Last updated on January 1st, 2024 at 12:24 am
In the vast array of global fauna, numerous animals resemble the Roan Antelope, often leading to confusion among observers. Often mistaken for other similar animals globally, the Roan Antelope has a rich history, having been first described two centuries ago.
Examples of animals like Roan Antelope include Duiker, Impala, Oribi, Klipspringer, Eland, Greater Kudu, Steenbok, Dik-Dik, Reedbuck, and Nyala.
The Roan Antelope (Hippotragus equinus), a sizable savanna-dwelling antelope discovered in western, central, and southern Africa, is distinguished by its roan color—a reddish-brown hue. Notably, it exhibits lighter underbellies, white eyebrows, and cheeks, with black faces more pronounced in females.
The majestic Roan Antelope is a survivor, though its numbers have dwindled significantly over the years due to hunting and poaching. Encouragingly, ongoing efforts to protect the species are showing positive results.
They are huge
The Roan Antelope is a substantial creature, boasting impressive dimensions. It measures between 190 to 240 cm (75 to 94 inches) from the head to the base of the tail, with a tail length ranging from 37 to 48 cm (15 to 19 inches). Male Roan Antelopes weigh in at 242 to 300 kg (534 to 661 lb), while females range from 223 to 280 kg (492 to 617 lb). Additionally, their shoulder height reaches approximately 130 to 140 cm (51 to 55 inches).
10 Animals Like Roan Antelope
Scientific Name (family): Cephalophus
How are they like Roan Antelope: Similar to the Roan Antelope, the duiker is a browsing animal, mainly consuming leaves, grasses, shoots, and fruits.
There exist 22 species of duikers, which are medium-sized antelopes commonly found in the forested regions of sub-Saharan Africa.
Known for their elusive and timid nature, duikers prefer habitats with thick vegetation, allowing them to swiftly seek cover when they sense a threat.
The term “duiker” originates from the Afrikaans word for ‘to dive,’ reflecting the animal’s behavior of diving for cover when startled. Featuring compact bodies and short, thick necks, duikers navigate seamlessly even through the densest forests.
The size of a duiker is influenced by its species, location, and diet. The amount of available food in the animal’s habitat is directly linked to its body size. Interestingly, certain duiker species, like the common duiker, exhibit a notable size difference between males and females, with females being larger.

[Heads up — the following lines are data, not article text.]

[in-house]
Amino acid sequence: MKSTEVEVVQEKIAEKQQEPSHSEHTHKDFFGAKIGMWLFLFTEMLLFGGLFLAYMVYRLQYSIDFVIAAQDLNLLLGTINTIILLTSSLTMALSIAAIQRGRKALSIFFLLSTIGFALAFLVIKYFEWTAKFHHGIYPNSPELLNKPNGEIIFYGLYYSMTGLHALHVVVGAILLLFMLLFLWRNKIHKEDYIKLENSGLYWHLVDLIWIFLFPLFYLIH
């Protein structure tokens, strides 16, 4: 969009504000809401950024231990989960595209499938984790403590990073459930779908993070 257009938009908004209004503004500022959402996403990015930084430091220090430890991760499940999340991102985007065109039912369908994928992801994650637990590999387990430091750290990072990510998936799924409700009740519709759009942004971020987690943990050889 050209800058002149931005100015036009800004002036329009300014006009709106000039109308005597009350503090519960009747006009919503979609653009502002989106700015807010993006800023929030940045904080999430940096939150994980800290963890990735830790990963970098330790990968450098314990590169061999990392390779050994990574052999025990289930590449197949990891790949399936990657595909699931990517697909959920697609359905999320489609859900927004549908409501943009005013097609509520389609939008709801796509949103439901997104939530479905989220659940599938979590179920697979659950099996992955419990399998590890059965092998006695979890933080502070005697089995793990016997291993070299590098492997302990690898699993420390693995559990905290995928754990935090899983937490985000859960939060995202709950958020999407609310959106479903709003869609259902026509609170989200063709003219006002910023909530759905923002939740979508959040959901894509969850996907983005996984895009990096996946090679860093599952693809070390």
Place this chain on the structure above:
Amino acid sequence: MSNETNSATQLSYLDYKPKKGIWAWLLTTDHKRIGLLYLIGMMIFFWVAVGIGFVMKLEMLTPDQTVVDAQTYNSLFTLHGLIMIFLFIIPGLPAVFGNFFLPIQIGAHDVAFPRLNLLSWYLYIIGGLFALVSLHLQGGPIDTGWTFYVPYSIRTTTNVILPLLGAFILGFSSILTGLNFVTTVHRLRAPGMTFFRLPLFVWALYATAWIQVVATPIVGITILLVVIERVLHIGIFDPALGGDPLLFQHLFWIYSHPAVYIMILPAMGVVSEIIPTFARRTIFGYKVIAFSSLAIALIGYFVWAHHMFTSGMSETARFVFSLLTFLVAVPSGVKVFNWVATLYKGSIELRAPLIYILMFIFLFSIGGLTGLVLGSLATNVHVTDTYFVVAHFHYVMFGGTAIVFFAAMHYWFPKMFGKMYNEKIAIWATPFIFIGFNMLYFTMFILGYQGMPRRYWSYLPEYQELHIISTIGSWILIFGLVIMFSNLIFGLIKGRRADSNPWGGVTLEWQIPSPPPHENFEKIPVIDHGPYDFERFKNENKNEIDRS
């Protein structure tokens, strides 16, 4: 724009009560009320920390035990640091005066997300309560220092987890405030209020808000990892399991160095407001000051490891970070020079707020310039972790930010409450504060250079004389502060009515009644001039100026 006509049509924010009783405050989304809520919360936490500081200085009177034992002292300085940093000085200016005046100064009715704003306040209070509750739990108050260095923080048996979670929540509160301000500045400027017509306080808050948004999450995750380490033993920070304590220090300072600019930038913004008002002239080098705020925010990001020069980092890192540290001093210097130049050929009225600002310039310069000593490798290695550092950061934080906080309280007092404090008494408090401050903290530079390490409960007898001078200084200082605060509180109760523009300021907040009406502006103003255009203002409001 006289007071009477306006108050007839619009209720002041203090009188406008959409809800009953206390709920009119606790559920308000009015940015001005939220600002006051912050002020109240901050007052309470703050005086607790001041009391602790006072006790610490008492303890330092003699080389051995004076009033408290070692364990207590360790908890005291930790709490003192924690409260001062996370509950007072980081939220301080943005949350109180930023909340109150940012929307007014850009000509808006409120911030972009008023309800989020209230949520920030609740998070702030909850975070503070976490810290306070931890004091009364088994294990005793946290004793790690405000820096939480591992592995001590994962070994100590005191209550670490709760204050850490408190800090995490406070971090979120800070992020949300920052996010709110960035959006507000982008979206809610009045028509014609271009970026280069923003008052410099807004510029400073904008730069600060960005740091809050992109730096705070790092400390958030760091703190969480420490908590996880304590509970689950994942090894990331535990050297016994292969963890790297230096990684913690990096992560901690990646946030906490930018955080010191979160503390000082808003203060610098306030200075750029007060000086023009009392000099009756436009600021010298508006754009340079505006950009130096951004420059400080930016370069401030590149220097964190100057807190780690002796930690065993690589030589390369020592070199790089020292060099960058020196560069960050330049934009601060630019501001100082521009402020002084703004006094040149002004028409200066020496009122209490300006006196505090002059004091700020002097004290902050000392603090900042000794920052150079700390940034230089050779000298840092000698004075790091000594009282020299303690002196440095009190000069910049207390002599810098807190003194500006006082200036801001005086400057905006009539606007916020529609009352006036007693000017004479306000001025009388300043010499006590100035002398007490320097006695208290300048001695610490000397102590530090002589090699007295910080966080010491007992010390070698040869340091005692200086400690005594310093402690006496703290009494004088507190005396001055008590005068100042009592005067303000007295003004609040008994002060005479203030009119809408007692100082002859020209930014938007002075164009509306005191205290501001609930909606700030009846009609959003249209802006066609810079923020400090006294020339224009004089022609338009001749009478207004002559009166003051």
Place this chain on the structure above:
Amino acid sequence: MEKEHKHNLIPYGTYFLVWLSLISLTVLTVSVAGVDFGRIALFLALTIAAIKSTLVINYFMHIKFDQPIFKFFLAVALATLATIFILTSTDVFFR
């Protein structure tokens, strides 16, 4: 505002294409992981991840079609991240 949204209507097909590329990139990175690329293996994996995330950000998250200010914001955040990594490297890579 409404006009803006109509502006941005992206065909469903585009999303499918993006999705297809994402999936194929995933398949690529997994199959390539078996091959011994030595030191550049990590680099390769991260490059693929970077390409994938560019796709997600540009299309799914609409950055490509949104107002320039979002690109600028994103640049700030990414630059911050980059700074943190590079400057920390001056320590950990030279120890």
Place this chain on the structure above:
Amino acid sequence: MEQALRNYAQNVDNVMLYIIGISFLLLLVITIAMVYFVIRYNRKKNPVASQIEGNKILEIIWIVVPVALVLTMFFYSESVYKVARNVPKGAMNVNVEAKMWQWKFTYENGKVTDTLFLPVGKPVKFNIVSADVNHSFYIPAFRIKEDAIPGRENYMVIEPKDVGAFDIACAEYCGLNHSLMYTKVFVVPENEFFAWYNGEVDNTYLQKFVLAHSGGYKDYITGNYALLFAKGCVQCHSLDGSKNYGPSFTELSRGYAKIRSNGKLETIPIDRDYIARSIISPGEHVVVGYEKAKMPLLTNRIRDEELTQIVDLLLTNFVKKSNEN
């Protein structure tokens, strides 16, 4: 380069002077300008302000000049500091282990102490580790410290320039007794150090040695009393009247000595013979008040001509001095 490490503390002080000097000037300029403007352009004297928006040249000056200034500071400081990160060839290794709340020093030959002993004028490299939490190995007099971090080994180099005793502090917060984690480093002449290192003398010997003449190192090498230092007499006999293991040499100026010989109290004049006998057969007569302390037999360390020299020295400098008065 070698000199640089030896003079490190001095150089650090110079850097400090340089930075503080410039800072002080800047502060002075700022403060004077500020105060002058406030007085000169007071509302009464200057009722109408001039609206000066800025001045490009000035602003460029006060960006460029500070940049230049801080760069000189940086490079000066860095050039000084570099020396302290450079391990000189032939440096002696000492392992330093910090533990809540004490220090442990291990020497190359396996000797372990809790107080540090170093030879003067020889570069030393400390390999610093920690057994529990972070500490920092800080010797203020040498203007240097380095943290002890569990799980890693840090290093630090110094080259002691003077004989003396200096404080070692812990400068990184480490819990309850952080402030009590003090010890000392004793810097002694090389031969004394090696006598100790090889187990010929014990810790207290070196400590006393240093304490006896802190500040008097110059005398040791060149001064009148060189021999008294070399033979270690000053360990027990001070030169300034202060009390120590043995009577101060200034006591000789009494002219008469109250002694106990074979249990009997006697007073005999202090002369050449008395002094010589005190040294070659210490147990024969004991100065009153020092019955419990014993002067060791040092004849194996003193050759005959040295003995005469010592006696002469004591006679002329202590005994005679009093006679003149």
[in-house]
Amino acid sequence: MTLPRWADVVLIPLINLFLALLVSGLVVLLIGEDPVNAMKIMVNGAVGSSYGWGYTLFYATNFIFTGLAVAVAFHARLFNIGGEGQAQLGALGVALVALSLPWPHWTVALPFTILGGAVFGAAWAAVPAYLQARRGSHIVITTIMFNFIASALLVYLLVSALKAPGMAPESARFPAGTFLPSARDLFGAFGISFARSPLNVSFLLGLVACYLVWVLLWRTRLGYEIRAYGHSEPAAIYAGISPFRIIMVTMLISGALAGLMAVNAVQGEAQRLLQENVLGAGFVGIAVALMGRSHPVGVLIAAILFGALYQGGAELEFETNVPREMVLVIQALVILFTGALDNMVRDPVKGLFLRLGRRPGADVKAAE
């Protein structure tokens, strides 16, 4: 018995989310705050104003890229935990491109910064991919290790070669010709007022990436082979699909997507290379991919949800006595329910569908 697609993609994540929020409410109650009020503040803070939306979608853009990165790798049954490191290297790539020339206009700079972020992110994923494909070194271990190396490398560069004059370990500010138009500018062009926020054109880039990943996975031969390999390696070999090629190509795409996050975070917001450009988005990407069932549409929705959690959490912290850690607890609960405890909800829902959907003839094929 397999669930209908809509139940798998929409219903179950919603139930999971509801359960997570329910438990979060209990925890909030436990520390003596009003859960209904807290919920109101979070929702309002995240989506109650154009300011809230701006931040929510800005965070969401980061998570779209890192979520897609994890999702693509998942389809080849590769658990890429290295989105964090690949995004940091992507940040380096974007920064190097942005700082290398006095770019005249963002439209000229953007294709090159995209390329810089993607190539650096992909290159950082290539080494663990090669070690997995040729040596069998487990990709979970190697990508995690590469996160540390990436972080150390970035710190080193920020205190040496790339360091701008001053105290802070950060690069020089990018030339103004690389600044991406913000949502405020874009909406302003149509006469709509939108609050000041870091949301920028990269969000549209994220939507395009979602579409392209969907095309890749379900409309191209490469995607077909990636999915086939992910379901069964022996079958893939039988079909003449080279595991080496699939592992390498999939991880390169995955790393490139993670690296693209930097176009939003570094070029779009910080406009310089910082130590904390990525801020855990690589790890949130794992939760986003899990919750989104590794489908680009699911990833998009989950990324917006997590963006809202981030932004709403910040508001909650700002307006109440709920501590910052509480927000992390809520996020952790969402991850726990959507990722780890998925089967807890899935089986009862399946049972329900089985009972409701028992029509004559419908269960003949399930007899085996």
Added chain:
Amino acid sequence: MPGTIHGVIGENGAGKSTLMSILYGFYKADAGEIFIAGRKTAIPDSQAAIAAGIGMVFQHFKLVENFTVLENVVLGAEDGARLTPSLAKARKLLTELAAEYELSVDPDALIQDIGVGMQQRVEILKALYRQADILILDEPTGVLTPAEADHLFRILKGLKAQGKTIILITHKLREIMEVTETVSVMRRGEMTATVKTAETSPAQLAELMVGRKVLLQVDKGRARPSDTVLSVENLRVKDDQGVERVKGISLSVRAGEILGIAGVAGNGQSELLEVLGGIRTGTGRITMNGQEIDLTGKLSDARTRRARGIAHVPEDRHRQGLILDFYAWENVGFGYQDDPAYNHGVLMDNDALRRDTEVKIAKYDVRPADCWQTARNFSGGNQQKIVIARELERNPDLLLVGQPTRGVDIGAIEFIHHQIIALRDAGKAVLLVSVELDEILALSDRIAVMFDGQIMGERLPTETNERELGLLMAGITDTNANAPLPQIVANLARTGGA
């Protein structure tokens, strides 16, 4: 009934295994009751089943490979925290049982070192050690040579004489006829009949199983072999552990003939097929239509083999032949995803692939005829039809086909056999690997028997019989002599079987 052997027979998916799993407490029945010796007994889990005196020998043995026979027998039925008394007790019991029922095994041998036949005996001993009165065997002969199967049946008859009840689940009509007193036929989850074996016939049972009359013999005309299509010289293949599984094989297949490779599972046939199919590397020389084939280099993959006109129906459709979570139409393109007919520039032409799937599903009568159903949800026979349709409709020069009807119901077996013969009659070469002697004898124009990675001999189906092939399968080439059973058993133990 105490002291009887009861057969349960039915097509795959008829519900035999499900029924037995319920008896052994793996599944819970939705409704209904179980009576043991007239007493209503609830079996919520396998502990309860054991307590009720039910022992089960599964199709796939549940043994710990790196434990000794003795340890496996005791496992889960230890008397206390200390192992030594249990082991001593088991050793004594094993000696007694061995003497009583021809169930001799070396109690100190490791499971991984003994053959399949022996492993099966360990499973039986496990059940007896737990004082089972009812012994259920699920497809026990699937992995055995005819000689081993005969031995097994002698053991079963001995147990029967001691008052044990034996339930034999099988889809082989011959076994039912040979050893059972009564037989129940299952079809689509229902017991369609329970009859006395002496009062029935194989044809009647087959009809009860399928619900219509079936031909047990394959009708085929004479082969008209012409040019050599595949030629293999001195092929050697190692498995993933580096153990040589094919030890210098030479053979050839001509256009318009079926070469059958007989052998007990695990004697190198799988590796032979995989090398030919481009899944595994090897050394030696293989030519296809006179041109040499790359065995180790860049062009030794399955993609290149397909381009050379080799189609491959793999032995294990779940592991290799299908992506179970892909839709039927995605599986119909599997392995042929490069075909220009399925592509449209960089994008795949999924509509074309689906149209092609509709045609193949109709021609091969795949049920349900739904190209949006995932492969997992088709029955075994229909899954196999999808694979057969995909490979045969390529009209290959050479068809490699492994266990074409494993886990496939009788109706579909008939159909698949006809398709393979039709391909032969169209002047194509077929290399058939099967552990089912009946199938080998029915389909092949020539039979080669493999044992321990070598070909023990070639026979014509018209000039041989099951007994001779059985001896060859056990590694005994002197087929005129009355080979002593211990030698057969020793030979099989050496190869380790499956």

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Scientific Name: Aepyceros melampus
How are they like Roan Antelope: Similar to the Roan Antelope, they graze and browse, nibbling on grasses, flowers, fruits, leaves, and vegetables.
Renowned for their speed, impalas can reach 50 miles per hour in short bursts, complemented by impressive jumping skills, clearing heights of up to 10 feet and covering 30 feet in a single bound.
Distinctive features include curved horns, specific to males and growing up to 36 inches. Female impalas lack horns and are proportionately smaller
Typically, males are larger, forming bachelor groups of up to 30 members. The impala’s reddish-brown coats, white underbellies, and dark faces add to their distinctive appearance.
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Scientific Name: Ourebi ourebi
How are they like Roan Antelope: The female oribi closely resembles a Roan Antelope with its red-brown body coat and notably smaller body size compared to its male counterpart.
The oribi, classified as a dwarf antelope and considered the smallest ruminant, shares remarkable similarities with the Roan Antelope. Native to sub-Saharan Africa, this petite antelope has a slender build and a reddish-brown coat, with males sporting a distinctive tuft of black fur on their foreheads.
Standing at 20 to 30 inches tall and weighing around 30 pounds, oribis are found in wooded habitats, grasslands, and savannas, displaying water-independent behavior like the Roan Antelope.
Oribis, are herbivores that graze and browse, and consume grasses, foliage, herbs, flowers, and fruits. Known for their agility, they can jump up to three feet and bound over six feet, reaching speeds of 50 miles per hour in short bursts—an adaptation for escaping predators.